Spying and the separation of powers

  • 17 January 2019
  • msell

As a follow-up to our piece on federal spying on journalists and political opponents, we refer you to this item by Fourth Amendment law expert mark Fitzgibbons, which puts the practice into a larger constitutional context:

The concept of spying or otherwise using search powers to compromise Americans and government officials is nothing new. In her brilliant law review article, "The Original Fourth Amendment," Georgetown University Law professor Laura Donohue writes:

"The Founding generation voiced concerns about the harms that could ensue from giving the government access to information and thus providing officials with the power to head off political or religious opposition. Information obtained could be used to embarrass citizens or to harm their relationships with others. Even when innocent in itself, information could be combined to make it look as though an individual were engaged in illegal activity. Structural harms could also follow, with the targeting of the other branches' personnel, or of state and local leaders, undermining separation of powers and federalism."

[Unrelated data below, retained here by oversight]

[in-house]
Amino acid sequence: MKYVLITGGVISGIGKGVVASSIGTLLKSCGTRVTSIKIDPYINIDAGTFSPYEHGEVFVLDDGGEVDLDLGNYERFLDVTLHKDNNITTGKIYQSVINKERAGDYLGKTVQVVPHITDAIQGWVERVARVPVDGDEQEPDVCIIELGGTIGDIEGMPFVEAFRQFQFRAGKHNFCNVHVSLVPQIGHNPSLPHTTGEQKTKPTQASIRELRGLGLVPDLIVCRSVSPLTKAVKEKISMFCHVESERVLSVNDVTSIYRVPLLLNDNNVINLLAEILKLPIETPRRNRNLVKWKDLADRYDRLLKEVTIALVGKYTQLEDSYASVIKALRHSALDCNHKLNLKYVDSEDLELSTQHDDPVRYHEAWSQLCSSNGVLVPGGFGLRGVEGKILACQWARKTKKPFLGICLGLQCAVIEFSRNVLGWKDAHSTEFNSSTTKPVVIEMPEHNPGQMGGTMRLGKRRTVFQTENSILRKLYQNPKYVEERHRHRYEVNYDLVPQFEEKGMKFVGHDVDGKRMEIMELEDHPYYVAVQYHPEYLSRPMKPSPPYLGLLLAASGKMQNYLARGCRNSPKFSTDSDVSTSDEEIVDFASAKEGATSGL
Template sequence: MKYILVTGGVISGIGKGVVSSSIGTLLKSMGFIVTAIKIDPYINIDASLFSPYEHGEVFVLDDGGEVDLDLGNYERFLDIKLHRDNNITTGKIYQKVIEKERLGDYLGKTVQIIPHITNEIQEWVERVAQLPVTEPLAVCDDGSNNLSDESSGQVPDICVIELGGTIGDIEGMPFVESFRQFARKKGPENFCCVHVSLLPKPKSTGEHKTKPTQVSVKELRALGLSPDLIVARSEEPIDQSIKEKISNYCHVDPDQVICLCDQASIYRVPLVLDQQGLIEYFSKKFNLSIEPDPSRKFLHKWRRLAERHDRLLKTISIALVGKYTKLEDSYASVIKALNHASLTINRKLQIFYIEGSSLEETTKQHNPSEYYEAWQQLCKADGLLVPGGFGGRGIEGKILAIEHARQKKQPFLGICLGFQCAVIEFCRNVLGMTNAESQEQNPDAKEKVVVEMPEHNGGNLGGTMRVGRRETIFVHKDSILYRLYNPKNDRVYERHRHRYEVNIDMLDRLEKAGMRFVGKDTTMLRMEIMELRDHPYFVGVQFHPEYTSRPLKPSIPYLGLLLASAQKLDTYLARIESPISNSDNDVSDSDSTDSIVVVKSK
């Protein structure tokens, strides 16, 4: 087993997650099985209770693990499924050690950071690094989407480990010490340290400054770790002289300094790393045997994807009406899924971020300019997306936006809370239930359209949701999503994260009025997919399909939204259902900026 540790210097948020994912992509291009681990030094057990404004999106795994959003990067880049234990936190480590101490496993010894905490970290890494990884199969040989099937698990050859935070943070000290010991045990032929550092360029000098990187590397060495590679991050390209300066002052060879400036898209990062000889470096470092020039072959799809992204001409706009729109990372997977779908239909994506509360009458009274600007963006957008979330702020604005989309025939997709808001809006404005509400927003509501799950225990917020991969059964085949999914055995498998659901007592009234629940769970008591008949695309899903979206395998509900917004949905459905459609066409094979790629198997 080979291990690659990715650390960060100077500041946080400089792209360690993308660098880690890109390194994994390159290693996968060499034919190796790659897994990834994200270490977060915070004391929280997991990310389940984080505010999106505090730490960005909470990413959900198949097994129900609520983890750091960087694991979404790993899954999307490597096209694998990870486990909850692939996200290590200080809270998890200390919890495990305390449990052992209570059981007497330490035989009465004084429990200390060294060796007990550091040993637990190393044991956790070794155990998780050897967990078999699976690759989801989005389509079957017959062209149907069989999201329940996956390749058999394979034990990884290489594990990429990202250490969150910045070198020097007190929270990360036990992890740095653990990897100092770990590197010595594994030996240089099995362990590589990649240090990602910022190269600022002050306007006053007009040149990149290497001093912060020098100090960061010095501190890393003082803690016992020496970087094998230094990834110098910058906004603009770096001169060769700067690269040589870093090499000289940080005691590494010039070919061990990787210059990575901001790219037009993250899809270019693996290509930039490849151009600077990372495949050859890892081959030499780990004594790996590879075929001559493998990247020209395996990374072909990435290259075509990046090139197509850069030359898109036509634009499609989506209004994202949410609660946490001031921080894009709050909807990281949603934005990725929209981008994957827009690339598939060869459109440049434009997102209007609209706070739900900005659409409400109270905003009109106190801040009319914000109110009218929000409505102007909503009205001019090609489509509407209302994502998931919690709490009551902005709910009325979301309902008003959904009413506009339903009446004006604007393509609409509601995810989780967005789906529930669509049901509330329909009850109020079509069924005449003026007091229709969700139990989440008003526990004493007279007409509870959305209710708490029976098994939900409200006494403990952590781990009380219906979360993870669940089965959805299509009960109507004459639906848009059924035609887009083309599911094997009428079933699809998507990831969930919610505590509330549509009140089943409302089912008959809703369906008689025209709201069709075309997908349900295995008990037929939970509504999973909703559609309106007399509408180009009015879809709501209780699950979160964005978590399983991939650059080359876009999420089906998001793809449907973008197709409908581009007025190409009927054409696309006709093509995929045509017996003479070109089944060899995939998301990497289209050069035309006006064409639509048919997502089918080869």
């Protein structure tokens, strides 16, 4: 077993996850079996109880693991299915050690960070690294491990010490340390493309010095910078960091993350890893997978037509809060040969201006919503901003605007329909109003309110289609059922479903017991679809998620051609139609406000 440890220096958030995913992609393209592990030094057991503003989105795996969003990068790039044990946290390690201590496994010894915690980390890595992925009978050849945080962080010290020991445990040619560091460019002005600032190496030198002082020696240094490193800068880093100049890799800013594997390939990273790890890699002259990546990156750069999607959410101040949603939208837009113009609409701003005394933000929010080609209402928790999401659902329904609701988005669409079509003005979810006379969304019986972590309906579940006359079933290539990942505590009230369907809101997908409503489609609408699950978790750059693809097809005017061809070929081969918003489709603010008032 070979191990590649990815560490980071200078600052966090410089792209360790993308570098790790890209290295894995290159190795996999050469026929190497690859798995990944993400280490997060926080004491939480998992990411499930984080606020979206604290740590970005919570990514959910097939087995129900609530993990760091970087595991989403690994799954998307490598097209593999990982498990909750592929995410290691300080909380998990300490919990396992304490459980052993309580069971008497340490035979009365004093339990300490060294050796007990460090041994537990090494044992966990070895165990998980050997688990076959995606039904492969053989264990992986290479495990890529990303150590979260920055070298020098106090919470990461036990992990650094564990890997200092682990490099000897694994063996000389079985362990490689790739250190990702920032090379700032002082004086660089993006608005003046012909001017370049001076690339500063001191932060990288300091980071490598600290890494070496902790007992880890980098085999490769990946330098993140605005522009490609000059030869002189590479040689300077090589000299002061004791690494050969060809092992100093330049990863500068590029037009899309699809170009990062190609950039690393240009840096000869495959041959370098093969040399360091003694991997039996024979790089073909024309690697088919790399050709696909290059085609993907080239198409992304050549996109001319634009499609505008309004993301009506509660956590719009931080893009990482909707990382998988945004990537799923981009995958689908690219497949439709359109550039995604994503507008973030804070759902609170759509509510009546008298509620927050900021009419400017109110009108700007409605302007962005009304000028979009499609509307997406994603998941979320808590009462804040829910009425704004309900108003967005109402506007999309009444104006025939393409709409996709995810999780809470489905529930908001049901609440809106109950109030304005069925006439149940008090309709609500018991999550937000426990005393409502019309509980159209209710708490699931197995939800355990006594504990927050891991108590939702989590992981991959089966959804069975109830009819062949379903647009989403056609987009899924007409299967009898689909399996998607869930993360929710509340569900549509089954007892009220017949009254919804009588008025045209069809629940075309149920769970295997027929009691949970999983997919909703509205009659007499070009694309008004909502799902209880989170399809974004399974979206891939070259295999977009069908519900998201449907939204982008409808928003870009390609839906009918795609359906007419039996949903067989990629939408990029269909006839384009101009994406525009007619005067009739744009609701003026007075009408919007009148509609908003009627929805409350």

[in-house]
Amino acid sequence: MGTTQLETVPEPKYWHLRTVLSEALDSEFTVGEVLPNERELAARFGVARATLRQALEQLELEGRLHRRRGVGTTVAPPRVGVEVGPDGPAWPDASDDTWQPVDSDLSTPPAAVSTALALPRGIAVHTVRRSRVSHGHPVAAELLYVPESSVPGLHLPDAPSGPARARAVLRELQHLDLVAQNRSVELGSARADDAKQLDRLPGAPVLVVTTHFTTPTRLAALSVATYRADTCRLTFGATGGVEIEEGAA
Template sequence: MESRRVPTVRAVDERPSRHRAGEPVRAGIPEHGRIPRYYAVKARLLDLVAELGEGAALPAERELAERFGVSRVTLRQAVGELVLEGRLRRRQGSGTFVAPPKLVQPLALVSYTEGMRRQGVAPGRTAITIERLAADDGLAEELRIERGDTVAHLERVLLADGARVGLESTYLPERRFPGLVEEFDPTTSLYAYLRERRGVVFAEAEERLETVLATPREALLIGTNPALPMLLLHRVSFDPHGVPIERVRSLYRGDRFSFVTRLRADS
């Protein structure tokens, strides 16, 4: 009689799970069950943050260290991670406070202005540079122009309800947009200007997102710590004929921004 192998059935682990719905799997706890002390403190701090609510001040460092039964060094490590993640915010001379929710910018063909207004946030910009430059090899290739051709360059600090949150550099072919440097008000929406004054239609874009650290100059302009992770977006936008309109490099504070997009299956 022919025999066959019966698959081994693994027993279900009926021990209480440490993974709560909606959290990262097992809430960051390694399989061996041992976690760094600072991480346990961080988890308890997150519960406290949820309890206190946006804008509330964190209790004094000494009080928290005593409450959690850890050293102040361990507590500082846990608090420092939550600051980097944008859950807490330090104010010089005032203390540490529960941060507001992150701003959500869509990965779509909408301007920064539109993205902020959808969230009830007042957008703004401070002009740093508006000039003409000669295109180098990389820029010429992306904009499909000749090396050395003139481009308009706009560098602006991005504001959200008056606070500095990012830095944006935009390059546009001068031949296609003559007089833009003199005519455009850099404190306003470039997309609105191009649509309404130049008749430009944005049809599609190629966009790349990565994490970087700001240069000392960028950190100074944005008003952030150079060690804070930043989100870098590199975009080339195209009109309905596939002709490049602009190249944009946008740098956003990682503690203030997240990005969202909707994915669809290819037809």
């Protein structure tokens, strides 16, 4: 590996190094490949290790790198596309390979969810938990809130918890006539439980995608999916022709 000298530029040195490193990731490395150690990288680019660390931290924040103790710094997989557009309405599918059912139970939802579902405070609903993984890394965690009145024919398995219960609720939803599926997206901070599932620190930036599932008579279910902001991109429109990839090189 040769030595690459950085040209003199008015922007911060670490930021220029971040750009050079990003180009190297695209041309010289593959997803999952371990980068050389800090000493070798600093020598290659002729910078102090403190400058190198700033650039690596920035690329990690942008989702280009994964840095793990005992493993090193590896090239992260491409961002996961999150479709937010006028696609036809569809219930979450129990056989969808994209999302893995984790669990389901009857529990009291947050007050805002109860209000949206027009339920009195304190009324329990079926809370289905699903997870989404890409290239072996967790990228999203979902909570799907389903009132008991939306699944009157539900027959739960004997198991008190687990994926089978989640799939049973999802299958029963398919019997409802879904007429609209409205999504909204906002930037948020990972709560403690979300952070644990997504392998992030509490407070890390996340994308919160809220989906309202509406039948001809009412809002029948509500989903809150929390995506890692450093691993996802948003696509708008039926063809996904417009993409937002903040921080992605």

The Founders' purposes for the Fourth Amendment, of course, were not merely concerns about compromising public officials in ways that harm the separation of powers. They were very familiar with attempts by the English Crown to invade and search the private papers of those who wrote and published criticisms of the government and public officials. The Fourth Amendment, you see, provides a shield for other liberties of We the People.

There's much more at the link, including a section on how investigative journalist Sharyl Attkisson is suing the federal government over its spying on her work.

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